The Lawyer Asia Pacific 150 is the only research report to provide a ranking of the top 100 independent local firms and top 50 global firms in the region. The report offers critical review of some of the fastest growing firms and their strategies, a country-by-country guide to leading legal advisers and legal services market trends, plus exclusive insight into the current business development opportunities in the Asia Pacific. Read more
This year, The Lawyer’s annual ranking of the largest UK law firms by turnover is available as an interactive, digital benchmarking tool. For the first time this will allow you to manipulate each data set against the metrics of your choice.
Media law firm Schillings has landed an emergency injunction against a so-called ‘John Doe’ for pop star Britney Spears.
The rare John Doe injunction is against any person who has been “leaking information about Ms Spears’ time in a rehabilitation clinic from further disclosures invading her privacy”.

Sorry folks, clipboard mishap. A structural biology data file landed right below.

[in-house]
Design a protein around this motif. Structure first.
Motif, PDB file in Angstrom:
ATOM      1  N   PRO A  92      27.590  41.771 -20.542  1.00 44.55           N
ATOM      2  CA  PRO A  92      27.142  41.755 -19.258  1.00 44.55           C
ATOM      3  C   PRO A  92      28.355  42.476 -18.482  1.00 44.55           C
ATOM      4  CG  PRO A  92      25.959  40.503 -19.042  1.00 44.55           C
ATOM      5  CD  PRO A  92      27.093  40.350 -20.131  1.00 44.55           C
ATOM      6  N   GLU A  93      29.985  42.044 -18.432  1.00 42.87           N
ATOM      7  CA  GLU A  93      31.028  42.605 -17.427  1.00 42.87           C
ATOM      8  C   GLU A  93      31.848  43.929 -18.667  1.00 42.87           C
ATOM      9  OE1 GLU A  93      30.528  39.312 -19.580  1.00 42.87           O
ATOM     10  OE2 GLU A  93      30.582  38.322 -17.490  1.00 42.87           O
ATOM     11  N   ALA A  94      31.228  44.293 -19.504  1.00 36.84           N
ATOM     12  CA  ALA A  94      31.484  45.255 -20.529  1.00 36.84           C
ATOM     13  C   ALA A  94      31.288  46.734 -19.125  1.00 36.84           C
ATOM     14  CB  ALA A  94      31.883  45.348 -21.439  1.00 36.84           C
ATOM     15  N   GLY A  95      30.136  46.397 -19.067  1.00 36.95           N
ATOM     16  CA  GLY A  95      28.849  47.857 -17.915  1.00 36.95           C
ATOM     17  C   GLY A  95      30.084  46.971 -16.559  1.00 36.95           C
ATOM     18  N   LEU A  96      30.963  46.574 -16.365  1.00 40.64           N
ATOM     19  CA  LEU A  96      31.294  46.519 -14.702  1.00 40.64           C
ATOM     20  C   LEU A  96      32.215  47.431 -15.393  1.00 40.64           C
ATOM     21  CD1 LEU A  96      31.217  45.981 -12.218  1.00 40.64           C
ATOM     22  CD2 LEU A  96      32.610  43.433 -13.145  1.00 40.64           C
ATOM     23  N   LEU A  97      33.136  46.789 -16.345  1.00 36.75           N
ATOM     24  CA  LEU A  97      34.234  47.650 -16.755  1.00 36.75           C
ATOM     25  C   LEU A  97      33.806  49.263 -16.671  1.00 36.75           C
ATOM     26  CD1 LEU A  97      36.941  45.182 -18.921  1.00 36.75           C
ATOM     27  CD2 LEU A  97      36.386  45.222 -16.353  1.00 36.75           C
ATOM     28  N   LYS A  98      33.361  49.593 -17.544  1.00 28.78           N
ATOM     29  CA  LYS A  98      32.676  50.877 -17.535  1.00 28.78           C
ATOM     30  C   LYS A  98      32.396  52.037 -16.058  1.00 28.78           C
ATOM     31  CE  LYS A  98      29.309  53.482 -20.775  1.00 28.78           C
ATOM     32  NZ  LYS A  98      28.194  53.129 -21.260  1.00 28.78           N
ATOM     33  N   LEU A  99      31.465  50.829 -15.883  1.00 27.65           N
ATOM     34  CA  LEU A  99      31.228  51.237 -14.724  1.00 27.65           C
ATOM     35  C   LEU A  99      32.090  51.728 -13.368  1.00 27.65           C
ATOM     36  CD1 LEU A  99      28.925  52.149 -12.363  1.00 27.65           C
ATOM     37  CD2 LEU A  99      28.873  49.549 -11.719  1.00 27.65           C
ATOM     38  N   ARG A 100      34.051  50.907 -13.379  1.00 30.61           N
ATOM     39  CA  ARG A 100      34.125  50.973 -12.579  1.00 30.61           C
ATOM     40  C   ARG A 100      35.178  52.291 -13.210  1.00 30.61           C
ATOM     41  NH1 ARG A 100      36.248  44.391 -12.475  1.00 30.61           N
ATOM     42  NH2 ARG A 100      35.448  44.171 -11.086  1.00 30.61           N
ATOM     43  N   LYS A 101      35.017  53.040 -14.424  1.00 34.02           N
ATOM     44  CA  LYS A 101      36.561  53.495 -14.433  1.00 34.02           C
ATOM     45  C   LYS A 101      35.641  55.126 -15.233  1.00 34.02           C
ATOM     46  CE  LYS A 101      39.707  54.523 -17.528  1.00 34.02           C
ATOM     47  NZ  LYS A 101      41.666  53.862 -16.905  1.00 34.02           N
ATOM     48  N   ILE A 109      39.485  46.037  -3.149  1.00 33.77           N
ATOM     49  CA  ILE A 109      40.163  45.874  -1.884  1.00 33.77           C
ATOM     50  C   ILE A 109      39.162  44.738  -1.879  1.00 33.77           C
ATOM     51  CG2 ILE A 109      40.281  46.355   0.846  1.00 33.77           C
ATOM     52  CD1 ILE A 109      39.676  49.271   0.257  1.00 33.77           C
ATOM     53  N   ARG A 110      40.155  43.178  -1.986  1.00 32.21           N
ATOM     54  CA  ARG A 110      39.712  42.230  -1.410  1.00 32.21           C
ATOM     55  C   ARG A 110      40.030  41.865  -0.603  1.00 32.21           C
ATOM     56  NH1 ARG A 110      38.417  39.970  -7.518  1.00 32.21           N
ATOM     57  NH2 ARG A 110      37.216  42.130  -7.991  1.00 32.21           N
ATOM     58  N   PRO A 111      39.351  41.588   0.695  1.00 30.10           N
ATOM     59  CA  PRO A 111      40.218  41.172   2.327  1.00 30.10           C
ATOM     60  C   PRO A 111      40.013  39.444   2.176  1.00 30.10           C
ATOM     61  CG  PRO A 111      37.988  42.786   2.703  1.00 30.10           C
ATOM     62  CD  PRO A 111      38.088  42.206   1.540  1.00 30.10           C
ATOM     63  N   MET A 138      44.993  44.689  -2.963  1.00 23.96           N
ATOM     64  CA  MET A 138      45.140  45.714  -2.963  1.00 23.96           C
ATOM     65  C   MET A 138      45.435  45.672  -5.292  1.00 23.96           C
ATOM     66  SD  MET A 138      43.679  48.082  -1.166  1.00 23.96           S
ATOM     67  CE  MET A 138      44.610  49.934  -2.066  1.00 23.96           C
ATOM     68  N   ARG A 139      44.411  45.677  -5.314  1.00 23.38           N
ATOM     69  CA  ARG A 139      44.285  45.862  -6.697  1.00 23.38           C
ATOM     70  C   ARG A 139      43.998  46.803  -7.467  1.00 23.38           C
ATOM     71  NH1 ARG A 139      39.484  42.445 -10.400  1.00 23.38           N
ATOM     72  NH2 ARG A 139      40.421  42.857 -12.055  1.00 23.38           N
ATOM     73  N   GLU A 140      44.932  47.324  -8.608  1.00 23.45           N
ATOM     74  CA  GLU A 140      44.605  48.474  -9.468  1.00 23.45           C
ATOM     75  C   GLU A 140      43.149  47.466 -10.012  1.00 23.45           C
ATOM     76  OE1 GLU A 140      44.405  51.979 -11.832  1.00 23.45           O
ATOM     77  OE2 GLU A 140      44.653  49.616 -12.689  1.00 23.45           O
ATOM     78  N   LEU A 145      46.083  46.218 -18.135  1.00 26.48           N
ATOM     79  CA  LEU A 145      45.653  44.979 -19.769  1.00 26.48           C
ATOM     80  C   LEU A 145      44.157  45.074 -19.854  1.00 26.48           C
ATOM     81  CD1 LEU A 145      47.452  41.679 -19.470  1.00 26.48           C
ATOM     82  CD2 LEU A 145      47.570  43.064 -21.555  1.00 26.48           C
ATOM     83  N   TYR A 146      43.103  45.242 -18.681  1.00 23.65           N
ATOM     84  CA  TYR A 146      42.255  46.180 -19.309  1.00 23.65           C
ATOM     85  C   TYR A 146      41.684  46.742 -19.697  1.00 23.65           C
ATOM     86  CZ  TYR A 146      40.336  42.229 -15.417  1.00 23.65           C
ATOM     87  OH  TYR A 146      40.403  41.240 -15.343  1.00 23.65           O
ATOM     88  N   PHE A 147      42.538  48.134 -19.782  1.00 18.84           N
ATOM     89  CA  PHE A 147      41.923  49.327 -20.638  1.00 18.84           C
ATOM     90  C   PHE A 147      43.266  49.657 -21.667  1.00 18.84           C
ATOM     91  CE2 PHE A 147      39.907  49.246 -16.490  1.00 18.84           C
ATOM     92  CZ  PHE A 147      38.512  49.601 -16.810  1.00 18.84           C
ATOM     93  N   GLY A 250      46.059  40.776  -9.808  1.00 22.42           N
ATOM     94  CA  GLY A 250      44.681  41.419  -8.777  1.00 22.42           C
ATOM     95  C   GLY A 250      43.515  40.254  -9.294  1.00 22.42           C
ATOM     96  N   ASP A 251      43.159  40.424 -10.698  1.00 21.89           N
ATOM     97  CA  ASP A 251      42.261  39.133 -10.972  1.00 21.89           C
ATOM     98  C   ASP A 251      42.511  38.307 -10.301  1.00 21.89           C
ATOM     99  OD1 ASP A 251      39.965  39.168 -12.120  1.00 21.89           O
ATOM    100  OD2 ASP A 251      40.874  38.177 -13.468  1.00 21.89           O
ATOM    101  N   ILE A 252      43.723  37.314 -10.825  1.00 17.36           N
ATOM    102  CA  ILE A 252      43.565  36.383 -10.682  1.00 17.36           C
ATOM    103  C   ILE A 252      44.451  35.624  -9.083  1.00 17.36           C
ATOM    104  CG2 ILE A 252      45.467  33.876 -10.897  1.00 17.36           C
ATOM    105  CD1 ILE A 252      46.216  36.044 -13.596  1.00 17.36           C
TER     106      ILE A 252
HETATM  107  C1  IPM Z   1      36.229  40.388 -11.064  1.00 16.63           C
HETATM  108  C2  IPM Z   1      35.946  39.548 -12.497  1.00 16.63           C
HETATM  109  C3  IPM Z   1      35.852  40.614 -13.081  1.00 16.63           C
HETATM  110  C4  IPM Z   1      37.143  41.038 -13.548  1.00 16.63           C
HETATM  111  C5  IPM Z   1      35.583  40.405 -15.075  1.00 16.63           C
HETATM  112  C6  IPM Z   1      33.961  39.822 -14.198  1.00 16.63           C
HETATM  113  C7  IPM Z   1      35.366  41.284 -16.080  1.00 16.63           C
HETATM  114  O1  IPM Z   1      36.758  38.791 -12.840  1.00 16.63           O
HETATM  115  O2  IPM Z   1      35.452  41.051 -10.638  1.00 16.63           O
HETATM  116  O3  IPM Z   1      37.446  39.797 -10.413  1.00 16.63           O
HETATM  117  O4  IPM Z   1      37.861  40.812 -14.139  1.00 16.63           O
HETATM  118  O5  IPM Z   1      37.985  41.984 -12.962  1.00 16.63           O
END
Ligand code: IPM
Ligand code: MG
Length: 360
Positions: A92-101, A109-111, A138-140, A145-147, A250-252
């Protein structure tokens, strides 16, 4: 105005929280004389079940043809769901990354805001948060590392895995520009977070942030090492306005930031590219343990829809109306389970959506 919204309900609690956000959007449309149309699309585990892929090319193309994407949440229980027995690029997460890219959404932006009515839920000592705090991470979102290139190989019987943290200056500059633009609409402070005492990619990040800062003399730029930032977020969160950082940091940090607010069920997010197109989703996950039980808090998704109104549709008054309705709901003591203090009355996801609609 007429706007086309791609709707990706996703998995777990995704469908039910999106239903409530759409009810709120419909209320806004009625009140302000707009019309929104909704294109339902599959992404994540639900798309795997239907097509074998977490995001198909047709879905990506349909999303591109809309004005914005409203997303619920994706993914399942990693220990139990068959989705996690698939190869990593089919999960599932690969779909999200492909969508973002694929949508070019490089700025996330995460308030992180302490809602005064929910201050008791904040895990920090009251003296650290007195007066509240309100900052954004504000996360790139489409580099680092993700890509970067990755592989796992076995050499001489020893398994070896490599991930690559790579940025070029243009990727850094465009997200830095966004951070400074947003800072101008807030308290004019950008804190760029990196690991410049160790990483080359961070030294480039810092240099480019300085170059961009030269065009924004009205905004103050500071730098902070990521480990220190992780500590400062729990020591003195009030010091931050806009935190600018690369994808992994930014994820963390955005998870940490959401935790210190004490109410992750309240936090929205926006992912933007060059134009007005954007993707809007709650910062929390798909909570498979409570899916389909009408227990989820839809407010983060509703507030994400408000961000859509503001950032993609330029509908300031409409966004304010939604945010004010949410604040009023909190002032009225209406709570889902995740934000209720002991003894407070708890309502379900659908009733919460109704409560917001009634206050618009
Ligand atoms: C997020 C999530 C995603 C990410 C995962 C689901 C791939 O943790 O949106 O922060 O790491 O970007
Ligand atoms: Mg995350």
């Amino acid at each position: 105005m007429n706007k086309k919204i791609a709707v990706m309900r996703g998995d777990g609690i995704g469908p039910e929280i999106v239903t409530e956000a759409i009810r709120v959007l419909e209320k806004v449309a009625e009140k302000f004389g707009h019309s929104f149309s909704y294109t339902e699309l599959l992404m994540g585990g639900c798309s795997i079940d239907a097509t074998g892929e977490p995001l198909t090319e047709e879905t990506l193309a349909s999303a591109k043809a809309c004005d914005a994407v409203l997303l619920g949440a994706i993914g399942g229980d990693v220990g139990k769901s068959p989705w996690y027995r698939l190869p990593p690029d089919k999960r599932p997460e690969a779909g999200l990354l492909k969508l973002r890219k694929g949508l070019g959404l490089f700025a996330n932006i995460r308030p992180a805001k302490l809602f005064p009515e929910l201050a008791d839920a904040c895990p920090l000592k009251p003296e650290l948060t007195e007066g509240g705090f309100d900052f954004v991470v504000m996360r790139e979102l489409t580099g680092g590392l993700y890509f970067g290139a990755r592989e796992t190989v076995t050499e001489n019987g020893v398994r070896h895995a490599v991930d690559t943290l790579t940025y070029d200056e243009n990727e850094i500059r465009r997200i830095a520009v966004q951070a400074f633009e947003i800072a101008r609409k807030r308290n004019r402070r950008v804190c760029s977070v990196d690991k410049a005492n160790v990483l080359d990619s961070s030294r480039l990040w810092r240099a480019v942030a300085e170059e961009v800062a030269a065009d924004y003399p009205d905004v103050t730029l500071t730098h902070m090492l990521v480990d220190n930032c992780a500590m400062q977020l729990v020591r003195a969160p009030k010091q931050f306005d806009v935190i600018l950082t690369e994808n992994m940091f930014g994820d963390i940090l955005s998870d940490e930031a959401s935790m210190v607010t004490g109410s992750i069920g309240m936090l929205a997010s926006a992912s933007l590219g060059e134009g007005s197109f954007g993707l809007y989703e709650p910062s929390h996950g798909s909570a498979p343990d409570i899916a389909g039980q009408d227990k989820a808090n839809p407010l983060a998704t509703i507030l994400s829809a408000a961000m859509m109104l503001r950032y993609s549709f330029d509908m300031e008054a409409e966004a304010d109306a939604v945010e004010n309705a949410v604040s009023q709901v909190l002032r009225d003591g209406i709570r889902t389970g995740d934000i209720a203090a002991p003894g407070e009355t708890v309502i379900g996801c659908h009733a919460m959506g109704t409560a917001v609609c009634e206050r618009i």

Spears, according to reports, has been seeking rehabilitation in Promises Residential Treatment Center in Malibu, California after emotional difficulties leading to erratic behaviour, including the uncharacteristic shaving of her head last month.
It is the second time that Schillings has managed to obtain such a rare injunction for star clients in recent years.
In 2003, Schillings made legal history by securing JK Rowling a court order against an anonymous defendant - "John Doe".
It followed the discovery of two copies of Harry Potter and the Order of the Phoenix in a field near a printing plant in Suffolk. Chapters from the book were also offered to several tabloid newspapers by someone described in the Sun at the time as "a shifty-sounding man".
Last year, Schillings also had a third triumph for pharmaceutical giants GlaxoSmithKline with a “John Doe” injunction which prevented anyone - although it was directed at animal activists - from threatening its shareholders and also banned the publication of their personal details.
The activists, who called themselves the Campaign Against Huntingdon Life Sciences, had targeted around 50 Glaxo shareholders and threatened to list their details on a website if they did not sell or return their shares within 14 days.